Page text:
IBM has produced new encryption technology to encrypt ZSeries mainframe tapes that will be physically transferred to remote sites.
The idea is to give businesses a way to guard against the risk of data compromises resulting from the theft or accidental loss of data tapes while being transported, said marketing manager Mary Moore.
The new Encryption Services Feature for Tape Transfer uses the cryptographic capabilities available on the z/OS operating system and zSeries hardware to encrypt data stored on external tapes and disk arrays.
Partners or remote sites can then use public-key infrastructure to remotely decode the encrypted tapes. Business that don't use mainframes can use a Java-based program that allows them to decrypt data on tapes coming from mainframes and encrypt them on the way back.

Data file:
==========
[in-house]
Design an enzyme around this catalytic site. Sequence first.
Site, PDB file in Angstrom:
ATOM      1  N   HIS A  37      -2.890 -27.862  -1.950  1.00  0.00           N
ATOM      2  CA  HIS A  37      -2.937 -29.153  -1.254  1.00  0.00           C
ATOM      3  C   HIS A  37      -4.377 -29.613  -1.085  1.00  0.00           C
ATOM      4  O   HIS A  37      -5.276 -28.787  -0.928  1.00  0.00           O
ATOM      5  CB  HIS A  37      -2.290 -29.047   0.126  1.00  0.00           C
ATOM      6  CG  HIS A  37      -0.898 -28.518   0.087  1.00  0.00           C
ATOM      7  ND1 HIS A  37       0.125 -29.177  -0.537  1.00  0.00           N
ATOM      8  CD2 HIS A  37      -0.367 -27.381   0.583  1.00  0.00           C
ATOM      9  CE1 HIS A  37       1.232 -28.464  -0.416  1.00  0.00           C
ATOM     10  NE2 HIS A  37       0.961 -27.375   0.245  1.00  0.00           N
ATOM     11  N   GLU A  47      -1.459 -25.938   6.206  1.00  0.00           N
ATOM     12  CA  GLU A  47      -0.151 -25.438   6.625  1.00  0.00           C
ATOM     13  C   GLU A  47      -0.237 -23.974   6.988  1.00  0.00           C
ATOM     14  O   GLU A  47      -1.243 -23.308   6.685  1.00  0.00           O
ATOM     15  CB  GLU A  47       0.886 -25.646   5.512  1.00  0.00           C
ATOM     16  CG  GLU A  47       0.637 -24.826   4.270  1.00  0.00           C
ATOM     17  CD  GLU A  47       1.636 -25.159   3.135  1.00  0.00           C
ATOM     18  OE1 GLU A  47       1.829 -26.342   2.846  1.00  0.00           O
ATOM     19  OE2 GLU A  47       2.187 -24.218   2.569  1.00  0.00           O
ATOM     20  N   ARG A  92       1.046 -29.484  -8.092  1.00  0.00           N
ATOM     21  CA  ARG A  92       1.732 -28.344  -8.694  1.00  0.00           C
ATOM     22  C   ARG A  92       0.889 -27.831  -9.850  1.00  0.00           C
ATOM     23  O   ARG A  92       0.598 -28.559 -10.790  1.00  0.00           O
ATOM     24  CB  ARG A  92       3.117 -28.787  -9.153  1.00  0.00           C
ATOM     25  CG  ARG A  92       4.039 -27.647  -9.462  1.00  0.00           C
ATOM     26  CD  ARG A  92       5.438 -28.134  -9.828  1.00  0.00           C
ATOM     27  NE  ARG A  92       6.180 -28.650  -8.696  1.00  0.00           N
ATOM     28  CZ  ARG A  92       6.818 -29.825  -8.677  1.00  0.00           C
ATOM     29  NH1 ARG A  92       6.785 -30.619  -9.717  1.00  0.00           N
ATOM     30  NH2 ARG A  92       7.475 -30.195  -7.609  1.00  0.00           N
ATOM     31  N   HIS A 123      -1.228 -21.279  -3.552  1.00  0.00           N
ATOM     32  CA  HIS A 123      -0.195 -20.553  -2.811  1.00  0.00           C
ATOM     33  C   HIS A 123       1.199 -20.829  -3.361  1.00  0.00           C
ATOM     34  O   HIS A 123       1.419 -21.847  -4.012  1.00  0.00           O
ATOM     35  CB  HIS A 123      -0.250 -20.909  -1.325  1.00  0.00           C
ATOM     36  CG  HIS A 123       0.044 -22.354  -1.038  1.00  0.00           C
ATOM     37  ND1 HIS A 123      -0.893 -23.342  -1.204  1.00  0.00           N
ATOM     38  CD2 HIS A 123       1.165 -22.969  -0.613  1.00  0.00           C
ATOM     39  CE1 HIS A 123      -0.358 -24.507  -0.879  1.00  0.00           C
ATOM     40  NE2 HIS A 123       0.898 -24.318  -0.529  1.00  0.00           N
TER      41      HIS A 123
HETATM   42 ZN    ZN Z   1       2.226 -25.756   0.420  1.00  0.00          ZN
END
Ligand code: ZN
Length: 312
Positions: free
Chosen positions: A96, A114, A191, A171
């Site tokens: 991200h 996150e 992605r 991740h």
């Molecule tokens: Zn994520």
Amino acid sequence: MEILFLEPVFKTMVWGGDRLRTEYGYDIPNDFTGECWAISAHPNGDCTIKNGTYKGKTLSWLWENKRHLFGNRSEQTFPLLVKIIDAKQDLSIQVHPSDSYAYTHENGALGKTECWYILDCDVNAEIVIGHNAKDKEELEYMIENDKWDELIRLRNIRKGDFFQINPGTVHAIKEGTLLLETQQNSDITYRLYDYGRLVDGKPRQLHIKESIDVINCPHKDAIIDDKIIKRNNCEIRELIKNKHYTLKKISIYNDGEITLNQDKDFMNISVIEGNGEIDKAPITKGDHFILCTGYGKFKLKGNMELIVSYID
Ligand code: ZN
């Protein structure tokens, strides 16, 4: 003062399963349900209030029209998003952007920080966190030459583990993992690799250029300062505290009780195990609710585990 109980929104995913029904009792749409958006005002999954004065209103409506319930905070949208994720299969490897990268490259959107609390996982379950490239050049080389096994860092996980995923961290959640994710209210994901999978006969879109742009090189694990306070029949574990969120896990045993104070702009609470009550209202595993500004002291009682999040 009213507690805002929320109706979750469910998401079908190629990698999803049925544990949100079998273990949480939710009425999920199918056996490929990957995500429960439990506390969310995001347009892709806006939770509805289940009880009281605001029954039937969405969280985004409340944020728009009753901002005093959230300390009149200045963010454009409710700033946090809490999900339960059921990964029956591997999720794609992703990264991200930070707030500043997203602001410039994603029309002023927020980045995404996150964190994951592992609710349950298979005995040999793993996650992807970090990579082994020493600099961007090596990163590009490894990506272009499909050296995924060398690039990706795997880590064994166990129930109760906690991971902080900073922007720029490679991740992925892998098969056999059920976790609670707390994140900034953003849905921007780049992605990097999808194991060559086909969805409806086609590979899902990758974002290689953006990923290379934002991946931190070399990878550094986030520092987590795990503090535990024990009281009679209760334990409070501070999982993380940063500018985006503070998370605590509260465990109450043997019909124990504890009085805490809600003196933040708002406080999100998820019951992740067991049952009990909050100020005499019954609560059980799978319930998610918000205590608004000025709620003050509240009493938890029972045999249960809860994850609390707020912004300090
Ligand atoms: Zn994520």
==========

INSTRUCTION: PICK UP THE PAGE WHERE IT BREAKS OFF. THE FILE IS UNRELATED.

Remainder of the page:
By end of year, IBM will release another version of the software feature a compression technology that will allow companies to encrypt data for archival purposes, Moore said. "We have a facility within z/OS that rapidly dumps data to tape for archival purposes. We will add an encryption and compression step to that function," she said, which will help companies encrypt large numbers of files for archiving.
IBM isn't the first vendor to ship a direct-to-tape product for mainframe tape encryption. In August, Luminex and Decru jointly announced a similar product.